Researchers from the University of Virginia conducted a statewide assessment of knowledge of Hepatitis C risk factors, and their findings have recently been published in the Journal of Community Health. Their findings show a critical knowledge gap in the general population, as only 38% of all respondents correctly identified HCV to be curable. Knowledge of risk factors in high-incidence regions was significantly lower than in low-incidence regions. The implications of this research are far-reaching in southwest Virginia, as many counties in the region have rates of HCV many times the state average. In 2018, the LENOWISCO health district had an acute HCV rate of 3.4 per 100,000, compared to the Virginia average of 0.8 per 100,000. The Cumberland Plateau health district fared even worse, with an acute HCV rate of 4.7 per 100,000. It is necessary to develop new public health interventions in order to address these gaps in high-incidence regions, such as the southwest region of the Commonwealth.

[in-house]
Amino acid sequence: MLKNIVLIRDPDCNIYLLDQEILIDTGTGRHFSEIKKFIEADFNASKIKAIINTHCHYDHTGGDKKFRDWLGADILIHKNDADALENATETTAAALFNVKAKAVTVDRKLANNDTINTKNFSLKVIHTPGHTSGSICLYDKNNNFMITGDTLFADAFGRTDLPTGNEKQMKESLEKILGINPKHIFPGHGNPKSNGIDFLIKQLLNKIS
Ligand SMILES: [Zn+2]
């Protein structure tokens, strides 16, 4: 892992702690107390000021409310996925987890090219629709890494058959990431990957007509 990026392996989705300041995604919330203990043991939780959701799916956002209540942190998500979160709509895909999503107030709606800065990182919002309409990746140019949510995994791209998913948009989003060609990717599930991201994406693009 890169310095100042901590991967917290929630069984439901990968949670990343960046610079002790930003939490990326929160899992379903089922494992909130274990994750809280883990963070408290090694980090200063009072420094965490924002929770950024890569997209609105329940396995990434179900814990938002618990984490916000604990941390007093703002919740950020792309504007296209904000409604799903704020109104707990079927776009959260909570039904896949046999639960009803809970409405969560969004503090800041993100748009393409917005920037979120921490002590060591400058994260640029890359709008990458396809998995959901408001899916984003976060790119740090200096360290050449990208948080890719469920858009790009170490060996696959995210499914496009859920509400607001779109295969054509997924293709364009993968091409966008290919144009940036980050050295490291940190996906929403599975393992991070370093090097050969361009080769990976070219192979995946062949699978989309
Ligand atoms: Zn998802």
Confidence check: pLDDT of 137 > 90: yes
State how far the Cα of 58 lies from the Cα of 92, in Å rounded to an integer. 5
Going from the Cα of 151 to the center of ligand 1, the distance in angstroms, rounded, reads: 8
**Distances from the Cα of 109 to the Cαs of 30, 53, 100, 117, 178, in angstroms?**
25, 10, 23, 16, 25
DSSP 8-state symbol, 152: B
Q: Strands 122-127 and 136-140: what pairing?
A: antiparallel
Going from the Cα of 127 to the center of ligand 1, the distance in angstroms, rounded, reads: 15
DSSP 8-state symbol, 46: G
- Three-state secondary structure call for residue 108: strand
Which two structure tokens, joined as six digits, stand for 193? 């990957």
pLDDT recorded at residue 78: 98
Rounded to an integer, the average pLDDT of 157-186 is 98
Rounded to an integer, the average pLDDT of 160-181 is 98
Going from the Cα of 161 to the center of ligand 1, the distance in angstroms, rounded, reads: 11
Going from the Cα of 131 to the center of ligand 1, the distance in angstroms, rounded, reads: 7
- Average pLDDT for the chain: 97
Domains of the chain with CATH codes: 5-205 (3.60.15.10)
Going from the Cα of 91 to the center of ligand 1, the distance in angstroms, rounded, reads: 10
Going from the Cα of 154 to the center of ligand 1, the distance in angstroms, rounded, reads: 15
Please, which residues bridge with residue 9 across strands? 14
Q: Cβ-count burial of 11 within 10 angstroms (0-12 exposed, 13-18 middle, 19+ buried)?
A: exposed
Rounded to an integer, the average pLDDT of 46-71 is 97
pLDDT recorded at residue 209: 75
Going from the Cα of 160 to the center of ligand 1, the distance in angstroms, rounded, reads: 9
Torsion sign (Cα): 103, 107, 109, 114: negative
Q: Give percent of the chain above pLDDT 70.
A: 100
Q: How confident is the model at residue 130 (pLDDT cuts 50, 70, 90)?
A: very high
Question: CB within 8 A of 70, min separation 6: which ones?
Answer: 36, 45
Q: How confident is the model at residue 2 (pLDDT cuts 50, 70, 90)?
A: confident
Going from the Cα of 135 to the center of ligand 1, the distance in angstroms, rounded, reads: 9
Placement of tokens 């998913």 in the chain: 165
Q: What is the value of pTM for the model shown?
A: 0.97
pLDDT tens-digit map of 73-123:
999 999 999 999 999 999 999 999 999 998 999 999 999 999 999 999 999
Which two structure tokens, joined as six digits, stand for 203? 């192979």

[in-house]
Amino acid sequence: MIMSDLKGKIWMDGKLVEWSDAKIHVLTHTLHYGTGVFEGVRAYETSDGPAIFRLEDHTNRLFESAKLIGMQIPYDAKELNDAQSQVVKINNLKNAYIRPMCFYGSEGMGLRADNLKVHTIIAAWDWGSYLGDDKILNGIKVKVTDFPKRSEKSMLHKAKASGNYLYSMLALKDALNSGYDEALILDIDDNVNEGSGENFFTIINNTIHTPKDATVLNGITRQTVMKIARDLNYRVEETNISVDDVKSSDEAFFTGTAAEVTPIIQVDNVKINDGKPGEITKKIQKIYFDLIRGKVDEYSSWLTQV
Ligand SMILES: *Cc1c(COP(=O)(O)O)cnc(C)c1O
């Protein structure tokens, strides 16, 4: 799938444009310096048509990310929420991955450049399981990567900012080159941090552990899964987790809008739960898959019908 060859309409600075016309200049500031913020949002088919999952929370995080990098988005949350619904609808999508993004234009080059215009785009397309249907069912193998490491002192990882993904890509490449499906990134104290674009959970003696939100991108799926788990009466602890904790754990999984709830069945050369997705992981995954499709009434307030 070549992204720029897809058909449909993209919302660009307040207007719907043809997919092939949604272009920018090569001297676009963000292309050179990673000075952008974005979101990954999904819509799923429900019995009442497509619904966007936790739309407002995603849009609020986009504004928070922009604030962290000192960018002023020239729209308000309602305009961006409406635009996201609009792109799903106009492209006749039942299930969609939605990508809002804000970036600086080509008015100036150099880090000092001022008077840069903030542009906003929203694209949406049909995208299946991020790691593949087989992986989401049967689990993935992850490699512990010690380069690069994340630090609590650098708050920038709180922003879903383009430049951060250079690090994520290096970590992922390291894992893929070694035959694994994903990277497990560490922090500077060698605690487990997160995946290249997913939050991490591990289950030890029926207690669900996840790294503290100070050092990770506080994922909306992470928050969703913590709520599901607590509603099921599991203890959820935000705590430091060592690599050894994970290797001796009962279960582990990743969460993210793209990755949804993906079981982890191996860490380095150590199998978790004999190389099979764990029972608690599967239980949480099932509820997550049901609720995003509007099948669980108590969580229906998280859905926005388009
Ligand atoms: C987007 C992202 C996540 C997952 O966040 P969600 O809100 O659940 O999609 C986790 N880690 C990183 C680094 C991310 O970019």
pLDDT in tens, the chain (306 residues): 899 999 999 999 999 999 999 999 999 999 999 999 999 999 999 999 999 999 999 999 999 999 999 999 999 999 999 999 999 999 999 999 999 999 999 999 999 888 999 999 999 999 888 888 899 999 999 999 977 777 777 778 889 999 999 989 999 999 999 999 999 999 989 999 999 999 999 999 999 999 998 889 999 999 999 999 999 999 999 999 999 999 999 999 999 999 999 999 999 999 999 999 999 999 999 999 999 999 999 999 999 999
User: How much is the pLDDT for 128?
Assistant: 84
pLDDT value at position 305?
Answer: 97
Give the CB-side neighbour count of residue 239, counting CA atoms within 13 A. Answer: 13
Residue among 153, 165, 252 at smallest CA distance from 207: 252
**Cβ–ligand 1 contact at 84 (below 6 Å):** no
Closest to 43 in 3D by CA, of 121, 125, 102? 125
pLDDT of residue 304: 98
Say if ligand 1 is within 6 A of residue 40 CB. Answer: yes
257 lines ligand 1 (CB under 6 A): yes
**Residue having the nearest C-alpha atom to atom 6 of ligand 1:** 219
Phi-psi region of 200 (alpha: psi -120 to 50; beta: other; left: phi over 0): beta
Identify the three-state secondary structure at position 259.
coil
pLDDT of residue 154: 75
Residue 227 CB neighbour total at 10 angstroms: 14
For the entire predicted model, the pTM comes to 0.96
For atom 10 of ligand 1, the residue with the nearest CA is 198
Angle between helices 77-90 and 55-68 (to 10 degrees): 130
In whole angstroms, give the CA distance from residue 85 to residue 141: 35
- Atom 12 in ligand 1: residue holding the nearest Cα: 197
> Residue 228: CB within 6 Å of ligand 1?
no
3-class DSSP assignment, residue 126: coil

To view the abstract for the published paper, click HERE.